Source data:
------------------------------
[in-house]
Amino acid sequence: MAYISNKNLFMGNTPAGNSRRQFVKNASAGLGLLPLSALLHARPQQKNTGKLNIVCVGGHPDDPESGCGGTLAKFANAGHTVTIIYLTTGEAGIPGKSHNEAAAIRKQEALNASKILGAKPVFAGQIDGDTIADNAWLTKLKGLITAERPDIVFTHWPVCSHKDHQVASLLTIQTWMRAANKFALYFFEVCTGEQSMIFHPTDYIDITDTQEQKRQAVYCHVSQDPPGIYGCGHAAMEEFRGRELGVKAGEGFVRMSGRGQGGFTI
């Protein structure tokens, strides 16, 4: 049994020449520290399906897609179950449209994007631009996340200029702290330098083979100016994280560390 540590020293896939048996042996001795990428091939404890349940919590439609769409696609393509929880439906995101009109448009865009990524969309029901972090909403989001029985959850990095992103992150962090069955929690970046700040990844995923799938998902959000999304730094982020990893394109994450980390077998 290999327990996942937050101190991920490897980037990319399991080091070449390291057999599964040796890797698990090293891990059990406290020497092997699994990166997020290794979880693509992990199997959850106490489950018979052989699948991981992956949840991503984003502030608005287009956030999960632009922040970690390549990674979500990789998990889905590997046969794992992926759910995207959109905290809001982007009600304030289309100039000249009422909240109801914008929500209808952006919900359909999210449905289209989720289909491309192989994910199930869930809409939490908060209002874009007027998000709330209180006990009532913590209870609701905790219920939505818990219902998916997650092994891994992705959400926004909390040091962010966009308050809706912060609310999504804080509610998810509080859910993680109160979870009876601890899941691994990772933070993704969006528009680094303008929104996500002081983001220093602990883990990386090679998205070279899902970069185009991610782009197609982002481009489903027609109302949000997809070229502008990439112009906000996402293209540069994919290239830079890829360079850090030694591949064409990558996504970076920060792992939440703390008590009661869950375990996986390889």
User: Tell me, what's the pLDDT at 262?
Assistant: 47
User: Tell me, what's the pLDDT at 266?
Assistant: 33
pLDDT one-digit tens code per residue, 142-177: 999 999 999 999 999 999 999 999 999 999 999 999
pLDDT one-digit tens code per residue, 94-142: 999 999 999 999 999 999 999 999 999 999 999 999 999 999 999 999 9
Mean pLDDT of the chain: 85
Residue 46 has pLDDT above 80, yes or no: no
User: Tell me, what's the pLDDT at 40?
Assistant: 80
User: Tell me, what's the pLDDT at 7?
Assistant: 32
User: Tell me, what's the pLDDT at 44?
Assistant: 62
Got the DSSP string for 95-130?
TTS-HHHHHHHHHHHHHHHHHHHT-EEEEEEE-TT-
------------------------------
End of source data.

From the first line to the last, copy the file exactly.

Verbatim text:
[in-house]
Amino acid sequence: MAYISNKNLFMGNTPAGNSRRQFVKNASAGLGLLPLSALLHARPQQKNTGKLNIVCVGGHPDDPESGCGGTLAKFANAGHTVTIIYLTTGEAGIPGKSHNEAAAIRKQEALNASKILGAKPVFAGQIDGDTIADNAWLTKLKGLITAERPDIVFTHWPVCSHKDHQVASLLTIQTWMRAANKFALYFFEVCTGEQSMIFHPTDYIDITDTQEQKRQAVYCHVSQDPPGIYGCGHAAMEEFRGRELGVKAGEGFVRMSGRGQGGFTI
């Protein structure tokens, strides 16, 4: 049994020449520290399906897609179950449209994007631009996340200029702290330098083979100016994280560390 540590020293896939048996042996001795990428091939404890349940919590439609769409696609393509929880439906995101009109448009865009990524969309029901972090909403989001029985959850990095992103992150962090069955929690970046700040990844995923799938998902959000999304730094982020990893394109994450980390077998 290999327990996942937050101190991920490897980037990319399991080091070449390291057999599964040796890797698990090293891990059990406290020497092997699994990166997020290794979880693509992990199997959850106490489950018979052989699948991981992956949840991503984003502030608005287009956030999960632009922040970690390549990674979500990789998990889905590997046969794992992926759910995207959109905290809001982007009600304030289309100039000249009422909240109801914008929500209808952006919900359909999210449905289209989720289909491309192989994910199930869930809409939490908060209002874009007027998000709330209180006990009532913590209870609701905790219920939505818990219902998916997650092994891994992705959400926004909390040091962010966009308050809706912060609310999504804080509610998810509080859910993680109160979870009876601890899941691994990772933070993704969006528009680094303008929104996500002081983001220093602990883990990386090679998205070279899902970069185009991610782009197609982002481009489903027609109302949000997809070229502008990439112009906000996402293209540069994919290239830079890829360079850090030694591949064409990558996504970076920060792992939440703390008590009661869950375990996986390889």
User: Tell me, what's the pLDDT at 262?
Assistant: 47
User: Tell me, what's the pLDDT at 266?
Assistant: 33
pLDDT one-digit tens code per residue, 142-177: 999 999 999 999 999 999 999 999 999 999 999 999
pLDDT one-digit tens code per residue, 94-142: 999 999 999 999 999 999 999 999 999 999 999 999 999 999 999 999 9
Mean pLDDT of the chain: 85
Residue 46 has pLDDT above 80, yes or no: no
User: Tell me, what's the pLDDT at 40?
Assistant: 80
User: Tell me, what's the pLDDT at 7?
Assistant: 32
User: Tell me, what's the pLDDT at 44?
Assistant: 62
Got the DSSP string for 95-130?
TTS-HHHHHHHHHHHHHHHHHHHT-EEEEEEE-TT-